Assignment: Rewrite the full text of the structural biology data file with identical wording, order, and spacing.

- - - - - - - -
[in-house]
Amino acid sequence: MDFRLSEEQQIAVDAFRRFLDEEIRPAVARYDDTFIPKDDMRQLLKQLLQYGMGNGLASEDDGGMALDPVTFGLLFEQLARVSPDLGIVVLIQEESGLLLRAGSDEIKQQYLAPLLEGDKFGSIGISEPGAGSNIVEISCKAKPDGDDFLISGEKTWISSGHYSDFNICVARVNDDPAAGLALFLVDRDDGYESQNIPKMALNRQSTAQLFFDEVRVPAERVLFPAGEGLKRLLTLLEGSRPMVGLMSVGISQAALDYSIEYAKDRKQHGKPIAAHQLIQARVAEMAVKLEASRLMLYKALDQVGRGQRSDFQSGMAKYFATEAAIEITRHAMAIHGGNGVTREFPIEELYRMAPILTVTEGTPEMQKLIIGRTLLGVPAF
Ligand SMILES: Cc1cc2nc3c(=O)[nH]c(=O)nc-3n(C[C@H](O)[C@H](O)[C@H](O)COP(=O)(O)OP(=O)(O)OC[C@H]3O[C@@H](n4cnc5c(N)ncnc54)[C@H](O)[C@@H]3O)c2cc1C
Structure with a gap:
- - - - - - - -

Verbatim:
[in-house]
Amino acid sequence: MDFRLSEEQQIAVDAFRRFLDEEIRPAVARYDDTFIPKDDMRQLLKQLLQYGMGNGLASEDDGGMALDPVTFGLLFEQLARVSPDLGIVVLIQEESGLLLRAGSDEIKQQYLAPLLEGDKFGSIGISEPGAGSNIVEISCKAKPDGDDFLISGEKTWISSGHYSDFNICVARVNDDPAAGLALFLVDRDDGYESQNIPKMALNRQSTAQLFFDEVRVPAERVLFPAGEGLKRLLTLLEGSRPMVGLMSVGISQAALDYSIEYAKDRKQHGKPIAAHQLIQARVAEMAVKLEASRLMLYKALDQVGRGQRSDFQSGMAKYFATEAAIEITRHAMAIHGGNGVTREFPIEELYRMAPILTVTEGTPEMQKLIIGRTLLGVPAF
Ligand SMILES: Cc1cc2nc3c(=O)[nH]c(=O)nc-3n(C[C@H](O)[C@H](O)[C@H](O)COP(=O)(O)OP(=O)(O)OC[C@H]3O[C@@H](n4cnc5c(N)ncnc54)[C@H](O)[C@@H]3O)c2cc1C
Structure with a gap: